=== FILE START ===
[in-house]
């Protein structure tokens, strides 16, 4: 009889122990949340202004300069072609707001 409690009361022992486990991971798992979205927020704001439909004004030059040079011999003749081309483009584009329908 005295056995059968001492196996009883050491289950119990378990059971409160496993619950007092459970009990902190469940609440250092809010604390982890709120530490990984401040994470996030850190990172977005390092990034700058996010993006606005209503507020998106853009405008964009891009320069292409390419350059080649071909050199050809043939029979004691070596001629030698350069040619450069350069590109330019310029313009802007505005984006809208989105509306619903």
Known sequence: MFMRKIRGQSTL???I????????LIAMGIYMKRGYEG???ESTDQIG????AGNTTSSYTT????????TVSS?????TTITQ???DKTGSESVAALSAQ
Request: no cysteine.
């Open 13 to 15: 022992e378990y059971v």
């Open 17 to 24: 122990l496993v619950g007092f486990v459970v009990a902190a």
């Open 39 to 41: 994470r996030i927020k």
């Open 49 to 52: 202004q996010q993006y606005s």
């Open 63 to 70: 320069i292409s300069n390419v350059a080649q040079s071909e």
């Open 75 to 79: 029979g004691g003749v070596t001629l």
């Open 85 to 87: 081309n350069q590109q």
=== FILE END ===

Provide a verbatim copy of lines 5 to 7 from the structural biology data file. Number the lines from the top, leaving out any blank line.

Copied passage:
């Open 13 to 15: 022992e378990y059971v």
């Open 17 to 24: 122990l496993v619950g007092f486990v459970v009990a902190a």
């Open 39 to 41: 994470r996030i927020k």